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Legendary Disney Imagineer Tony Baxter transformed his backyard into an enchanted ‘Mary Poppins’ wonderland - OCR/SCNG

Darkbeer1

Well-Known Member
Original Poster

>>What happens when a legendary Disney designer sits down to watch “Mary Poppins Returns” on his TV? Well, if you’re Tony Baxter, it shakes up your whole backyard.

Baxter, who built his Anaheim Hills home 28 years ago, had been thinking for a while about how to attract house guests down into his spacious backyard. People always complimented him on the yard’s beauty, but rarely ventured into it, preferring to stay on the porch.

“When I built this house, I thought it would get used a lot more, but I don’t have a pool,” Baxter said. “It wasn’t conducive to partying. There were no big places to gather.”

Baxter’s Tudor-style house looks like it could be set down inside Disneyland’s Fantasyland, and in fact, he hired Disney artisans to create effects in it, such as sculpting fake brick wall decor and old English-style wooden trim. The second story revolves around a wooden gallery and includes details such as a turret and the Epcot dragon Figment on its cupola. Even the front door has gothic brass accents that he picked up while designing Disneyland Paris.

He was never completely satisfied with the backyard, though. He didn’t want to build a pool that would have to be maintained, yet he wanted a space more conducive to entertaining.

He went to the premiere of “Mary Poppins Returns,” though nothing clicked at the time. Then, last November, he sat in his TV room watching “Mary Poppins Returns” on Blu-Ray, and he saw the musical number that would change his yard forever.

“I was watching “Trip A Little Light Fantastic,” this musical number in an abandoned park that comes to life, and I thought, “This is the neatest thing I’ve ever seen.” It created this very appealing and magical space.”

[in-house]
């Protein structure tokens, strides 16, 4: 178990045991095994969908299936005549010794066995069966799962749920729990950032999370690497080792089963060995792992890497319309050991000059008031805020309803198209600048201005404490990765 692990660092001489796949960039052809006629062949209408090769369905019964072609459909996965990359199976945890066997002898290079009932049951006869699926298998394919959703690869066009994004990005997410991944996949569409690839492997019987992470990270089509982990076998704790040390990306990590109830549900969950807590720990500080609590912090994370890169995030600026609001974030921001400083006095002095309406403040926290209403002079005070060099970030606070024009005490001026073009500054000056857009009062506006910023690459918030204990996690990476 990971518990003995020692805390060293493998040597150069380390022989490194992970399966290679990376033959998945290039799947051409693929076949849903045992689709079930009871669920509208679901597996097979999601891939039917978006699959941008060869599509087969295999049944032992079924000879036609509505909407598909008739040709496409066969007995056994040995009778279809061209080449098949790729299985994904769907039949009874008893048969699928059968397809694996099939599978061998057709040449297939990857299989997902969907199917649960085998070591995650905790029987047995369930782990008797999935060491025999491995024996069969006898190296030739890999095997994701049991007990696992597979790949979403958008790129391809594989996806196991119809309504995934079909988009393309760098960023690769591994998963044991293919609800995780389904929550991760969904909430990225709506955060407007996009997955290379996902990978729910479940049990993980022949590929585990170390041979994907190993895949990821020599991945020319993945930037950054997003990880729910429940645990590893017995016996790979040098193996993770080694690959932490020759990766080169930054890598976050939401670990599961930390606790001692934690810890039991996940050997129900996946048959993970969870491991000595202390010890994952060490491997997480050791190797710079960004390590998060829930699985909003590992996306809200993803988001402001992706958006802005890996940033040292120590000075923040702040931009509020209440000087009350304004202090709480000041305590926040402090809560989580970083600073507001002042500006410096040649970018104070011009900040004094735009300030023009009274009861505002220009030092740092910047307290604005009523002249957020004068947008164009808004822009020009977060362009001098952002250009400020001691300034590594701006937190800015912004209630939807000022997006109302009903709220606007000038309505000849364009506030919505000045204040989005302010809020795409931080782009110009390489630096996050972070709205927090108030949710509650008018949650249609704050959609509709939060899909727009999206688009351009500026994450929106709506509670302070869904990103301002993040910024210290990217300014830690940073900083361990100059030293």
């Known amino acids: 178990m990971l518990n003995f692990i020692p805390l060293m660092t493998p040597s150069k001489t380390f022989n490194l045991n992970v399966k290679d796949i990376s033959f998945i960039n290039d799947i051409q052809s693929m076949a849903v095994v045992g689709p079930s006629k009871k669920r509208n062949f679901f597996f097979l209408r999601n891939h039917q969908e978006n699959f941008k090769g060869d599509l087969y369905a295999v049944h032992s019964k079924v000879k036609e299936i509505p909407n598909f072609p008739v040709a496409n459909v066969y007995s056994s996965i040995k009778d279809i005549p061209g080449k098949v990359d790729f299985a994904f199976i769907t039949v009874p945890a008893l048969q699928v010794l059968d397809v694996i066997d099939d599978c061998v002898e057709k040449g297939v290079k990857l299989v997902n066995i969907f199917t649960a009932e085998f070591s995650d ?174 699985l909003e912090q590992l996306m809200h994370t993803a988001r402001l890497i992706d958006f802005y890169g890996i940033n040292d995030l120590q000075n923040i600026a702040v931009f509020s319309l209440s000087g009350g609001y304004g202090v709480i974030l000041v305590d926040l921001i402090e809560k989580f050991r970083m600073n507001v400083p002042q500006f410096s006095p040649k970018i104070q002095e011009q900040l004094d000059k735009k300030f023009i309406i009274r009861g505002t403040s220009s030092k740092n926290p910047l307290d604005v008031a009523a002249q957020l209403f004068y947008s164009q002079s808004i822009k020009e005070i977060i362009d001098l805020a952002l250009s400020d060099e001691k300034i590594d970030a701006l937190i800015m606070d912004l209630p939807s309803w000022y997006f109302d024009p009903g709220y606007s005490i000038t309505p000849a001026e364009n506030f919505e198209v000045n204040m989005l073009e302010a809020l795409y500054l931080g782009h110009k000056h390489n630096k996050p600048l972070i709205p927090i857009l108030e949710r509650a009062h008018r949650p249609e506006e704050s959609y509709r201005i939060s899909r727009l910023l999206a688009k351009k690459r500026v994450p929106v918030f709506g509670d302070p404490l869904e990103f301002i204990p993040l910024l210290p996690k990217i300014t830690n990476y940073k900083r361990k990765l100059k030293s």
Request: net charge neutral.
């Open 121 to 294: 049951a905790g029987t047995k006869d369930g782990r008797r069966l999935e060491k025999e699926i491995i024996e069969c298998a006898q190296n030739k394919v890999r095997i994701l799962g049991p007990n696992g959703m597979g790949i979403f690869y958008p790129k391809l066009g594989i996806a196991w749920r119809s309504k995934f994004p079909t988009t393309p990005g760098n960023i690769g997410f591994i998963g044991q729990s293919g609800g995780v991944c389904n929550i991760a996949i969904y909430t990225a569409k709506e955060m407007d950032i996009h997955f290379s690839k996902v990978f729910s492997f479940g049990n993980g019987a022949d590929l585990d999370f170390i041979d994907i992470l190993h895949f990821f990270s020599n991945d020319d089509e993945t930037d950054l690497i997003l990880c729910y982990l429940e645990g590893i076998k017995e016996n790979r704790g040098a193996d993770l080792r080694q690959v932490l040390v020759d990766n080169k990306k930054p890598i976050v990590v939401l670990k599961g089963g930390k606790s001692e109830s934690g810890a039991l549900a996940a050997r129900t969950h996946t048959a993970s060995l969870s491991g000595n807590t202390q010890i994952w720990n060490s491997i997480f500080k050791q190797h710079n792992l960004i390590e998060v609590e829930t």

In Disney’s “Mary Poppins Returns,” the magical nanny again helps the Banks family, along with her friend Jack whose job is to light gas street lamps in London. There’s a memorable scene in the movie where they slide down a pole, walk through (an empty) sewer tunnel and into a darkened park, which becomes lit with Victorian gas lamps and torches from singing, dancing street lamplighters.<<

More of the article and some nice photos at the link, available at most Southern California News Group websites.
 
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DanielBB8

Well-Known Member
I didn’t realize Imagineers were paid enough to afford this.
Did you actually see it? It's a few lamp posts, pathways, plants. Hardly any structures. I would think he didn't pay more than 60K for it. Perhaps in the range of $30K as how much a basic pool and decking would cost as comparison. If you're going for more luxury pool, you would spend $50 to $60K.
 

Figments Friend

Well-Known Member
Tony's home is absolutely amazing.
A truly beautiful place set in another time.
Mere words cannot describe the awesome experience it is to spend some time there.

It is like Mara's Temple - filled with treasures beyond your wildest Disney Theme Park dreams.
Everywhere there are reminders of not only his own brilliant works over the years working for WED/WDI, but many historical delights related to the Disney organizations varied history.
Fabulous artwork, keepsakes, Park memorabilia, amazing models, beautiful theming and landscape work, and of course wonderful company.
It also features a impressive collection related to his own non-Disney interests, all displayed in charming ways.

His collections are stunning, and his hospitality is extremely generous.
:)



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TROR

Well-Known Member
Did you actually see it? It's a few lamp posts, pathways, plants. Hardly any structures. I would think he didn't pay more than 60K for it. Perhaps in the range of $30K as how much a basic pool and decking would cost as comparison. If you're going for more luxury pool, you would spend $50 to $60K.
To be fair, if it was WDI making this for the parks it would likely cost $10 million.
 
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